Fetal Surgery for Spina Bifida Case Study | The Children's Hospital of Philadelphia

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Successful Fetal Surgery for Spina Bifida Repair

Spina bifida (SB) occurs in one in 2000 live births and leads to lifelong and devastating physical disabilities including paraplegia, hydrocephalus, incontinence, sexual dysfunction, skeletal deformations, and mental impairment (1). Compelling experimental evidence shows that the neurological deficit associated with open SB is not entirely caused by the primary defect of neurulation, but rather that amniotic fluid causes chemical trauma that progressively damages the exposed unprotected fetal neural tissue during gestation. Timely in utero repair of SB in fetal sheep stops the ongoing spinal cord destruction and rescues neurologic function by the time of birth (2).

In late-gestation human fetuses and in neonates with SB, the neural tissue elements show severe traumatic and degenerative alterations, or there is almost complete loss of neural tissue (3). Sonographic reports of human fetuses with very large SB lesions and normal leg movements early in gestation imply that motor function is present initially and lost only later in gestation (4). We report the first successful in-utero surgical repair of open SB in an early gestation fetus.

A 27-year-old woman was referred for assessment of a 23-week gestation fetus with thoracolumbosacral SB. The lesion was first detected on a 20-week ultrasound performed because of an elevated maternal serum alpha-fetoprotein level. Serial ultrasound demonstrated good leg movements, and karyotype by amniocentesis was normal. Ultrafast fetal MRI revealed a SB lesion extending from thoracic level 11 to sacral level 1, Arnold-Chiari type II malformation, and borderline hydrocephalus (the fetal lateral ventricles measured 10 mm). The mother declined pregnancy termination and consented to surgery.

Maternal general anesthesia provided fetal anesthesia and uterine relaxation for open fetal surgery. A low transverse maternal laparotomy and vertical hysterotomy were performed (5). The cystic membrane of the SB lesion was excised, and skin flaps were developed to close the defect and protect the developing spinal cord. Amniotic fluid was replaced with warmed lactated Ringer's solution and the uterine and laparotomy wounds were closed. Postoperatively, tocolysis was maintained with magnesium sulfate intravenous infusion and indomethacin rectal suppositories, followed by terbutaline given by a subcutaneous pump. She was discharged from the hospital five days postoperatively.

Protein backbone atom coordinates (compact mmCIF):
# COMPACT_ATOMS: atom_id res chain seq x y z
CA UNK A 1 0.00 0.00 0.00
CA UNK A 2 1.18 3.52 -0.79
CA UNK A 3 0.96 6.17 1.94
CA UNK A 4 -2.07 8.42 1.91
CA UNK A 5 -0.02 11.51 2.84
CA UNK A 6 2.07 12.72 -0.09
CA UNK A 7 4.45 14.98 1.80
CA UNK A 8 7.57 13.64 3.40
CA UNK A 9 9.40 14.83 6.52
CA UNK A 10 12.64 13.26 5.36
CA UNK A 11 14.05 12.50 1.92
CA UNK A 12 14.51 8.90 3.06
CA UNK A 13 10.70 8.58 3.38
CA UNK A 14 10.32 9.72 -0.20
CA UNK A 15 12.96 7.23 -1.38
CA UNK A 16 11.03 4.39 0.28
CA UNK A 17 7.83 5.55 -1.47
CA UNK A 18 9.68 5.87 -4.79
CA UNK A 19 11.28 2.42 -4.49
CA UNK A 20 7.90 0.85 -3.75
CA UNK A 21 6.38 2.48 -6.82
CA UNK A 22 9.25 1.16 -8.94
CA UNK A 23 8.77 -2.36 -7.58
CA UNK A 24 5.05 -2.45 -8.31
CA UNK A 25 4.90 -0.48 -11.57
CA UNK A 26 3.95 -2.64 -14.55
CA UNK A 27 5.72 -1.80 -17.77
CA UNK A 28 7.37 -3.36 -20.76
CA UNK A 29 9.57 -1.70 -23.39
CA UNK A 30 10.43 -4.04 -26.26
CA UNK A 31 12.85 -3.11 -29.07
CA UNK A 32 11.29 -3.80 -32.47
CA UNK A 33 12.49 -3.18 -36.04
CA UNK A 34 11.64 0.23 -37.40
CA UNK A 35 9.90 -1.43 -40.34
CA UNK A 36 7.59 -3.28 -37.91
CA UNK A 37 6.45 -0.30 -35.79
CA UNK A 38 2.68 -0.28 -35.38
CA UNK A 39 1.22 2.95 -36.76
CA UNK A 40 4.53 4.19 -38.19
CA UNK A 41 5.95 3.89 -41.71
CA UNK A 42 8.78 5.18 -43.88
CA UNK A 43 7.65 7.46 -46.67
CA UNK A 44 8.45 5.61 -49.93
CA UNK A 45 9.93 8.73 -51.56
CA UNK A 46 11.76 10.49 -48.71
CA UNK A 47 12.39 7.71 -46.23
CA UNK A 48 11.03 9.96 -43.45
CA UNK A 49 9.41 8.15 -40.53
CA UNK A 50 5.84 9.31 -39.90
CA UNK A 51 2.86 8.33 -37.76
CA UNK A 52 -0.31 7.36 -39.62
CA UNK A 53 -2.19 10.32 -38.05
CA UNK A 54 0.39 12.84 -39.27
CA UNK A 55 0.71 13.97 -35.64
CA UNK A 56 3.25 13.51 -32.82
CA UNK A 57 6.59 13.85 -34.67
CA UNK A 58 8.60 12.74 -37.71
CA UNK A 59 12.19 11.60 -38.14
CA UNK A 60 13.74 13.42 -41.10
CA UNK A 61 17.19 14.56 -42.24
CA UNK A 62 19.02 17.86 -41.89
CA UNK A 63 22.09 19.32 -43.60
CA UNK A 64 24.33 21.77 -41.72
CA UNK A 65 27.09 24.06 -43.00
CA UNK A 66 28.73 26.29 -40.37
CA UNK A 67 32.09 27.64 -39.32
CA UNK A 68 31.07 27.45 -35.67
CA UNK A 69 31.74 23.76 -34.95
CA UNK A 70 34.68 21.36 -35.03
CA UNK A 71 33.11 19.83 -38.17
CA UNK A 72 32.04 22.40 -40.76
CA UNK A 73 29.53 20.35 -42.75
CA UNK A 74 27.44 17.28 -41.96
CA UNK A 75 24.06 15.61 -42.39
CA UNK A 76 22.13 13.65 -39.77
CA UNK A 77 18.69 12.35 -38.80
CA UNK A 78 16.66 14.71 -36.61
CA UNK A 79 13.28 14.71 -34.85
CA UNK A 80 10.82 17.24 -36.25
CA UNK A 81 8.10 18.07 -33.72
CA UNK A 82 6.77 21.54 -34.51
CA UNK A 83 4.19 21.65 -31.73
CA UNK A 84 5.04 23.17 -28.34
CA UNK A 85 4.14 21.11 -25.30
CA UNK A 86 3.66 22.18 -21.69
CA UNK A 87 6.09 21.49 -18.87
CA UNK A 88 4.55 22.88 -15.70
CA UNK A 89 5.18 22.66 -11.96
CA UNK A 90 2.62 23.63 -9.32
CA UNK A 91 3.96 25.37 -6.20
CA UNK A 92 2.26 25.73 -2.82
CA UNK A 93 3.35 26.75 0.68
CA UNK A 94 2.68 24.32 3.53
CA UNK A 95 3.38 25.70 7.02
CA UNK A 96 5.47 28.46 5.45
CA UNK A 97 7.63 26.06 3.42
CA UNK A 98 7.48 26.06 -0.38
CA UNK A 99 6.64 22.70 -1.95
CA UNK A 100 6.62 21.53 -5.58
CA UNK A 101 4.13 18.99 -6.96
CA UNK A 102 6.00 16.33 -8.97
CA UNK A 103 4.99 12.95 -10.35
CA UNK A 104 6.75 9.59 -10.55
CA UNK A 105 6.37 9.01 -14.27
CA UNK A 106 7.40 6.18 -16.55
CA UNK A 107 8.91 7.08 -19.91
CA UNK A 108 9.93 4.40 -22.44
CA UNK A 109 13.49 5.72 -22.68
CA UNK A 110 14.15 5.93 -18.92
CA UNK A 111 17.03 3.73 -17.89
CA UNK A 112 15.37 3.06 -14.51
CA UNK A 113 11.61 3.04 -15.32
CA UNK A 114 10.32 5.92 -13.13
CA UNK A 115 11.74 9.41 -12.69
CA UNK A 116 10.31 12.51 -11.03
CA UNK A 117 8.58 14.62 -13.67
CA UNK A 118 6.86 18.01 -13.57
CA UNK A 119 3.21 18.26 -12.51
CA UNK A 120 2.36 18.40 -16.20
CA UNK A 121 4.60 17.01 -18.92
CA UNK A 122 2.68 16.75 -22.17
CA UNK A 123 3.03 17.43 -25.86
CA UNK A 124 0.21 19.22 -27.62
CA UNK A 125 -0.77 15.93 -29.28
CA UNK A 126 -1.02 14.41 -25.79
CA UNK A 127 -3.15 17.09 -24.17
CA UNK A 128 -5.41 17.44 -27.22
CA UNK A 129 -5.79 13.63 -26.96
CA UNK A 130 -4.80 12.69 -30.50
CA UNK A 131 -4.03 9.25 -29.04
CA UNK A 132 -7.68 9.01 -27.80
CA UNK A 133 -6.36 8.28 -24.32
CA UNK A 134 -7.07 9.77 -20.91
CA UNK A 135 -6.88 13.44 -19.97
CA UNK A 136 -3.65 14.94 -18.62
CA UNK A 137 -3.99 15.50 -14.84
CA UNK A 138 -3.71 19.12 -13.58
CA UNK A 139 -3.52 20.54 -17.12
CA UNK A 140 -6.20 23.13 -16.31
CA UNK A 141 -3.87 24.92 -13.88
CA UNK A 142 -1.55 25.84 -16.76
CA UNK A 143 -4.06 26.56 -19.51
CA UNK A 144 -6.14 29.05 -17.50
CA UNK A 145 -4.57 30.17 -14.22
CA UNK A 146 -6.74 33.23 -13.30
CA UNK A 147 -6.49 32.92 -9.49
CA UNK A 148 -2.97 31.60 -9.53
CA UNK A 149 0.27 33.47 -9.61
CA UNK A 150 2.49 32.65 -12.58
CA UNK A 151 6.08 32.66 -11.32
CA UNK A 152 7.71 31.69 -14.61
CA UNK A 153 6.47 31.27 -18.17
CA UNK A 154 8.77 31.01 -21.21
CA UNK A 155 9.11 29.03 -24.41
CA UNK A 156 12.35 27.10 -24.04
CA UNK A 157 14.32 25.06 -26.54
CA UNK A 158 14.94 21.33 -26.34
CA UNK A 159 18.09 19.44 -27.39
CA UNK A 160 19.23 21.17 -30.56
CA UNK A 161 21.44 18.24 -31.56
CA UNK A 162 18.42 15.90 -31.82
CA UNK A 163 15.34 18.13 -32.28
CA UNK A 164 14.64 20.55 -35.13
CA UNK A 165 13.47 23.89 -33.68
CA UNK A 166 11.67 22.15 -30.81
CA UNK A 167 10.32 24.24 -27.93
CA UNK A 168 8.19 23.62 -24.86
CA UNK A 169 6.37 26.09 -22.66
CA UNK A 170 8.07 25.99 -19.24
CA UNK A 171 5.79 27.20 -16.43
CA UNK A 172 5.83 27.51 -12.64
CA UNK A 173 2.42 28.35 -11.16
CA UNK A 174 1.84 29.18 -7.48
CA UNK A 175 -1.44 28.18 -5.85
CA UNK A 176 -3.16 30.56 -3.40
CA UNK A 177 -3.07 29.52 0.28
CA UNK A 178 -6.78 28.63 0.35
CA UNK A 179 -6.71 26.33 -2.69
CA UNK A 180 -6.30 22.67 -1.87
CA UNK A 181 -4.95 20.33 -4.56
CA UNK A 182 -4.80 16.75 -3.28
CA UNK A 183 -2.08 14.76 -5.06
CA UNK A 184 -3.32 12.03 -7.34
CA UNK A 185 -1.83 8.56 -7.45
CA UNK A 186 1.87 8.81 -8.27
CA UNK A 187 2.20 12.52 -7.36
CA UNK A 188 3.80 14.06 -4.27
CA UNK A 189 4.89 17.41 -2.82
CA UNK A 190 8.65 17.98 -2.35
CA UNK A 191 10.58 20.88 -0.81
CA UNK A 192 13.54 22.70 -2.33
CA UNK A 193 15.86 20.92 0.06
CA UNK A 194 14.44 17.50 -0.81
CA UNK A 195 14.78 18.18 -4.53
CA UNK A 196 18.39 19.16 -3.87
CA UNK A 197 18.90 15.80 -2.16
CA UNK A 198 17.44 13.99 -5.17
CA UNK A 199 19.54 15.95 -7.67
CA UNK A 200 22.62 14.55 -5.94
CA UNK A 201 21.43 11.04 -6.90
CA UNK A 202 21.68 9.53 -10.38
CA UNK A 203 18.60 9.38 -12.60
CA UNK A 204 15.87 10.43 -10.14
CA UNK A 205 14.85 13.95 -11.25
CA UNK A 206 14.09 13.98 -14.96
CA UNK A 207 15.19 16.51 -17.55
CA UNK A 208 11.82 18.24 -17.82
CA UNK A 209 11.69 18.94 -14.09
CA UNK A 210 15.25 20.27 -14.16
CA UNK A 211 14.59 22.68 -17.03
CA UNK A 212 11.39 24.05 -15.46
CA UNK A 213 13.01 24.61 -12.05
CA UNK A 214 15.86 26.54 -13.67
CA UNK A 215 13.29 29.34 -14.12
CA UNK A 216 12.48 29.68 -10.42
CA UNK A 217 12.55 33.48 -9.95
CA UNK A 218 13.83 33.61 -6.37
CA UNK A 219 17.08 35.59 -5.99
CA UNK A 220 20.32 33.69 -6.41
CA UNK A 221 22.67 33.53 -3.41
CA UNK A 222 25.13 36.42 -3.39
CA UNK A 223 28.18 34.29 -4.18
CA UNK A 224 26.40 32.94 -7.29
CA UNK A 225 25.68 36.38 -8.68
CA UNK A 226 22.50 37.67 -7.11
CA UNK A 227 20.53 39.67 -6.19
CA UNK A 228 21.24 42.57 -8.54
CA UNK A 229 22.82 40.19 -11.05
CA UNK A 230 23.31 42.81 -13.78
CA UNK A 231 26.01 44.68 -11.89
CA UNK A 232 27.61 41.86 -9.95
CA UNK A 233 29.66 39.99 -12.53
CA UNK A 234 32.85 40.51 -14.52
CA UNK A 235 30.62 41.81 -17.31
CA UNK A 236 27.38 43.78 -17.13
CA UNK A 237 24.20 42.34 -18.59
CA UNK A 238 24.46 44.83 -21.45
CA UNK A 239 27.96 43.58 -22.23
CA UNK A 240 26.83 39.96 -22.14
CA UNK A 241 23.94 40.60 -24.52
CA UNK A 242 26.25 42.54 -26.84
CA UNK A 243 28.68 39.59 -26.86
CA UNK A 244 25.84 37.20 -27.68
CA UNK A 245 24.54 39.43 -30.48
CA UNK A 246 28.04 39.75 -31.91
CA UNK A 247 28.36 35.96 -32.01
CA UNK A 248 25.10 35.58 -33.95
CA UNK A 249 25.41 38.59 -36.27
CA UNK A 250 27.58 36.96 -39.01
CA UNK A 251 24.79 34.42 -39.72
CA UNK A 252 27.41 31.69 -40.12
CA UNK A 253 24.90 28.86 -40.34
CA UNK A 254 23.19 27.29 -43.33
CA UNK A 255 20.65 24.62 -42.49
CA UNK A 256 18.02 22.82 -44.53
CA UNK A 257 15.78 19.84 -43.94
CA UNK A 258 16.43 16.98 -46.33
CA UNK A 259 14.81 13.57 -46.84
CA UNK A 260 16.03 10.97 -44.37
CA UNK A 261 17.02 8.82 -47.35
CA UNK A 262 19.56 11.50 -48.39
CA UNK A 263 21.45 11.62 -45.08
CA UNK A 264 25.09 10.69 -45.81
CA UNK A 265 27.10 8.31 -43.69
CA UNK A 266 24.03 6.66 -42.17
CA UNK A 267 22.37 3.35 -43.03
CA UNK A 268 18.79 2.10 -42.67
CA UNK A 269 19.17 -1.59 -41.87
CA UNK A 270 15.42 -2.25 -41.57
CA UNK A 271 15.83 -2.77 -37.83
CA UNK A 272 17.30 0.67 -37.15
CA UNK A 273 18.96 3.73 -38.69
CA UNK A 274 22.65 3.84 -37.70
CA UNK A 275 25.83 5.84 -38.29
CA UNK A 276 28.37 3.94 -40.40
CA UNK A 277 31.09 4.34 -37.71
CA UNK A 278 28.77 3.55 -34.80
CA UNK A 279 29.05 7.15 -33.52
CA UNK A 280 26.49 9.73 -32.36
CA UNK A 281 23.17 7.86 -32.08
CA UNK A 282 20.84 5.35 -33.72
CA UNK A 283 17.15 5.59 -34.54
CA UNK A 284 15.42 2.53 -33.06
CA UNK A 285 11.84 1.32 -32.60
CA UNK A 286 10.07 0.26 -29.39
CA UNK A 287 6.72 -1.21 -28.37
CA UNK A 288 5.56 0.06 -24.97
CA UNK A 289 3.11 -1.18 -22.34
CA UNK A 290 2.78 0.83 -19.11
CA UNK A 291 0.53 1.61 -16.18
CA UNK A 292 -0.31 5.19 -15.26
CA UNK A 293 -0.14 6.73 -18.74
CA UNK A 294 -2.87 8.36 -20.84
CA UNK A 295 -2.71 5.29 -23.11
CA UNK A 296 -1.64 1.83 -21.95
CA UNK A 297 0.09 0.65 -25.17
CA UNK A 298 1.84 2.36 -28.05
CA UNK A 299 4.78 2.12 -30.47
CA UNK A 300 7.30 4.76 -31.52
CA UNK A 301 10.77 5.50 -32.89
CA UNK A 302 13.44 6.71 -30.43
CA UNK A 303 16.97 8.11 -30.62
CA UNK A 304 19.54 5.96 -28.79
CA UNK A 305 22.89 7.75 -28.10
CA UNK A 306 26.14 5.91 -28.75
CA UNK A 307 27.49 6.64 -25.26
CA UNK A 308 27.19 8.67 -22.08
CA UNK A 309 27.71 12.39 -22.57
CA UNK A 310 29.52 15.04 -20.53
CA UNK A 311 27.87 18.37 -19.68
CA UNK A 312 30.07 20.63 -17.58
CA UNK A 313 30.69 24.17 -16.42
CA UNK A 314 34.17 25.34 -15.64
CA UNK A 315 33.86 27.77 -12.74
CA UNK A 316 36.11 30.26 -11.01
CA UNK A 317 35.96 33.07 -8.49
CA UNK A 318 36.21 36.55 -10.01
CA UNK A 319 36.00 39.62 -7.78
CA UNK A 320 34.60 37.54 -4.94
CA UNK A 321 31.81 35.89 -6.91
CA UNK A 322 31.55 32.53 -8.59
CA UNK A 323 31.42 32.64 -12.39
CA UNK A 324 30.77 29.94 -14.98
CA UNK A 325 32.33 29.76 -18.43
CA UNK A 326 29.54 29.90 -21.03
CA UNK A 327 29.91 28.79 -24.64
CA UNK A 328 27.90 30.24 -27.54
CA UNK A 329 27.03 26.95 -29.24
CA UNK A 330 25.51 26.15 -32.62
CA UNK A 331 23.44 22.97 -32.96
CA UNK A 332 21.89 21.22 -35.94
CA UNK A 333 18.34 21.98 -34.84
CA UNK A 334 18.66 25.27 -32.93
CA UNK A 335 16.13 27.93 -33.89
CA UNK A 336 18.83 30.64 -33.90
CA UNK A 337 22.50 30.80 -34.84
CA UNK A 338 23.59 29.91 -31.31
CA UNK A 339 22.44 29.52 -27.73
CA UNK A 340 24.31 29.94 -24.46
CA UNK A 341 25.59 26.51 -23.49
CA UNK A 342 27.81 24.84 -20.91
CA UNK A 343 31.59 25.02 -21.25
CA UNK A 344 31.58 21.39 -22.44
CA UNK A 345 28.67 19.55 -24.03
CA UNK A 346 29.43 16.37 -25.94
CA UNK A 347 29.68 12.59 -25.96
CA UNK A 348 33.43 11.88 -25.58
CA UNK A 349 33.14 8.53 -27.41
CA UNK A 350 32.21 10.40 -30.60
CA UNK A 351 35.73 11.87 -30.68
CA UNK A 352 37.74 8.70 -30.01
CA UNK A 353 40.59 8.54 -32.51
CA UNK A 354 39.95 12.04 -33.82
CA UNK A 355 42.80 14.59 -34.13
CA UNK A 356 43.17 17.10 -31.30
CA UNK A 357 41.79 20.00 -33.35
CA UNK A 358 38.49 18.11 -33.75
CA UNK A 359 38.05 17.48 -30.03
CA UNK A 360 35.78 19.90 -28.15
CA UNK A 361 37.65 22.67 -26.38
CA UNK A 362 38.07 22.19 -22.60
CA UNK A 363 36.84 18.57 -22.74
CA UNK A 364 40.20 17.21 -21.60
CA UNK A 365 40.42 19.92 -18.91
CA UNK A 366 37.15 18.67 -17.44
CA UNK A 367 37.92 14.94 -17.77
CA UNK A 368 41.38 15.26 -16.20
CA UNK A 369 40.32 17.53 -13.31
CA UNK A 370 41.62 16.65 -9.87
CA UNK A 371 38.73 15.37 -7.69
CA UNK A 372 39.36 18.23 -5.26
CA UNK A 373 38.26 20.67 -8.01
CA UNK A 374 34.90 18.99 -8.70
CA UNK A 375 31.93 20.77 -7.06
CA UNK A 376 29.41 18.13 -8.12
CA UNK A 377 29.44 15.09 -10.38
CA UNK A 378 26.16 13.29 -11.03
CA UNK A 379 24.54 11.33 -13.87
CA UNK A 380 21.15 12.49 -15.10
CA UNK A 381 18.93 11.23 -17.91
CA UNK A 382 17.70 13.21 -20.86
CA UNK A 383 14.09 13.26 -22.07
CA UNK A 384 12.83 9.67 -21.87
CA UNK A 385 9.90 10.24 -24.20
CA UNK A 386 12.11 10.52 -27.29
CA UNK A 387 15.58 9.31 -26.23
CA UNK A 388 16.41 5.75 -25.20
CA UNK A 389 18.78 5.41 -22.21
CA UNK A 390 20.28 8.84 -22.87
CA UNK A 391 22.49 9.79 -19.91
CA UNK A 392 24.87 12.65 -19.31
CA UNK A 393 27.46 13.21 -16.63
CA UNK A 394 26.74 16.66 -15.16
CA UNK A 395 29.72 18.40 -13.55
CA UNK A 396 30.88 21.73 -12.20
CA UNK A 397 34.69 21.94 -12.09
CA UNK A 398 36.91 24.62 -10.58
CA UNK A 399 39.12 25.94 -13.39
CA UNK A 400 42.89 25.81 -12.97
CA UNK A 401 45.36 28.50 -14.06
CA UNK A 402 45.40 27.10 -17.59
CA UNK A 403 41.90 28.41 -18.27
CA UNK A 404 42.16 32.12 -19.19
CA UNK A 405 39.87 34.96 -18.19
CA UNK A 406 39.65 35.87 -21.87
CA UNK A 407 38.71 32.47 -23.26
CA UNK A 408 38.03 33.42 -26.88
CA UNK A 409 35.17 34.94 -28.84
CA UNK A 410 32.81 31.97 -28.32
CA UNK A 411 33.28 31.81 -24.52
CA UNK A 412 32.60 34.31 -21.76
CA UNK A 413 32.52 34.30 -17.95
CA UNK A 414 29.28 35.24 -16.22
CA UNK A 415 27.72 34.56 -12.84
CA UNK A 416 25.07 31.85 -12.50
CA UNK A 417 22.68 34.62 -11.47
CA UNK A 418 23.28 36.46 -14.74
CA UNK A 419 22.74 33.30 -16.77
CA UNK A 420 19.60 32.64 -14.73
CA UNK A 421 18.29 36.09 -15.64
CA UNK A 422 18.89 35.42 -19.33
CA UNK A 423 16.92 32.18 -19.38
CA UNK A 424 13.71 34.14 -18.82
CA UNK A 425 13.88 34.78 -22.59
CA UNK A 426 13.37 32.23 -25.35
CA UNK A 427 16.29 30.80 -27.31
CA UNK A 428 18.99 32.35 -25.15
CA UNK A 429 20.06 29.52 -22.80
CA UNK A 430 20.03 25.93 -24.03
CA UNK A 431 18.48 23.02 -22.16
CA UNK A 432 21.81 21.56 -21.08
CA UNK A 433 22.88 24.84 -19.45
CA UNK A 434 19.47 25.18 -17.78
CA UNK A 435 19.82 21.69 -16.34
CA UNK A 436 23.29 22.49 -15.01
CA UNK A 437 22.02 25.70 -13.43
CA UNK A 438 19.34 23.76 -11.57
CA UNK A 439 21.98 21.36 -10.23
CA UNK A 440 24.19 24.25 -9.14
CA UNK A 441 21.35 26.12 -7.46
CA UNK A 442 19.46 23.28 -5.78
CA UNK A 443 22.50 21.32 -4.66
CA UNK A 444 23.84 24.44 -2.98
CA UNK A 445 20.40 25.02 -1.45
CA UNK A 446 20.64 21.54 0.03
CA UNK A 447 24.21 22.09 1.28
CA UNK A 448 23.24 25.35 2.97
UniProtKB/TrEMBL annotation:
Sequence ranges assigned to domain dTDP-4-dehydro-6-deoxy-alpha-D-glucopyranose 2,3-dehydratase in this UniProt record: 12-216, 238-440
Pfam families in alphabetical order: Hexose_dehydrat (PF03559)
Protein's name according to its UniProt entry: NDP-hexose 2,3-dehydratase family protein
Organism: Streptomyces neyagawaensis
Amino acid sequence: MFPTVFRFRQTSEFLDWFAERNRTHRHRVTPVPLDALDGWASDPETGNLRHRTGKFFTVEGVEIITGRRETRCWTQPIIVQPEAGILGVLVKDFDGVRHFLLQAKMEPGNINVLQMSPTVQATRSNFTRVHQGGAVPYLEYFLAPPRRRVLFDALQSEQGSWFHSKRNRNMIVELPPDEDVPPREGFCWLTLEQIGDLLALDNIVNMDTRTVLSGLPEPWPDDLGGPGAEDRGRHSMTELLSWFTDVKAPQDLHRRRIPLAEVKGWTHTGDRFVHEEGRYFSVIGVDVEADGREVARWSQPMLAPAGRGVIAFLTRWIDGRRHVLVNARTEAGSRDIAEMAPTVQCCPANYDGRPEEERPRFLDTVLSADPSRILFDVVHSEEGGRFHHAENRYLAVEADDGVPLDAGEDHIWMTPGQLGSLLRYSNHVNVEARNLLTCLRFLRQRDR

At 3D-weeks gestation, preterm labor led to the cesarean-section delivery of a 1.3 kg baby boy who required a short period of ventilatory support. The mother recovered uneventfully. The baby showed excellent left leg function except for absent plantar flexion of the foot (L5Ievel). A right club foot was present, but the baby had right hip and knee flexion and extension (IA level). Postnatal MRI confirmed that the repaired SB lesion extended from Tll to S1 and revealed that the Arnold-Chiari type II malformation was no longer present and there was no hydrocephalus. He has met all developmental milestones at 12 months of age.

Neonates with thoracolumbar SB are almost invariably paraplegic and have associated hydrocephalus that requires a lifelong shunt. This case demonstrates that early gestation fetal surgical repair of severe SB can save neurological function. By arresting the neural destruction, prenatal coverage may also allow rearrangements of function due to the plasticity of the developing nervous system. In addition, the resolution of the Arnold-Chiari malformation after in utero SB repair suggests that this brain malformation is a secondary consequence of SB.

In utero SB repair may thus obviate the complications of Arnold-Chiari malformation including the need for shunt procedures after birth. Our experience with nine subsequent cases has corroborated these findings.

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Adzick NS, Sutton LN, Crombleholme TM, Flake AW: Successful fetal surgery for spina bifida. Lancet 352: 675-1676, 1998. Read the abstract »

Meuli M, Meuli-Simmen C, Hutchins GM, Seller MJ, Harrison MR, Adzick NS. The spinal cord lesion in human fetuses with myelomeningocele: Implications for fetal surgery. J Pediatr Surg 1997; 32: 448-452. Read the abstract »

Meuli M, Meuli-Simmen C, Hutchins GM, Yingling CD, Hoffman KM, Harrison MR, Adzick NS. In utero surgery rescues neurological function at birth in sheep with spina bifida. Nature Medicine 1995; 1: 342-347. Read the abstract »

Adzick NS, Harrison MR. Fetal surgical therapy. Lancet 1994; 343: 897-902. Abstract not available

Copp AJ. Neural tube defects. Review Trends Neuroscience 1993; 16: 381-383.

Korenromp MJ, Van Gool JD, Bruinse HW, Kriek R. Early fetal leg movements in myelomeningocele. Lancet 1986; 1: 917-18. 

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Case Study Images

In utero surgery for spina bifida

Exposure of 23-week gestation fetus through hysterotomy revealing spina bifida defect.
© CHOP/CFDT

Closure of skin flaps during in utero SB surgery

Closure of skin flaps over the spinal cord. © CHOP/CFDT

Post-operative healing after in utero SB surgery

Healed back wound seen shortly after birth. © CHOP/CFDT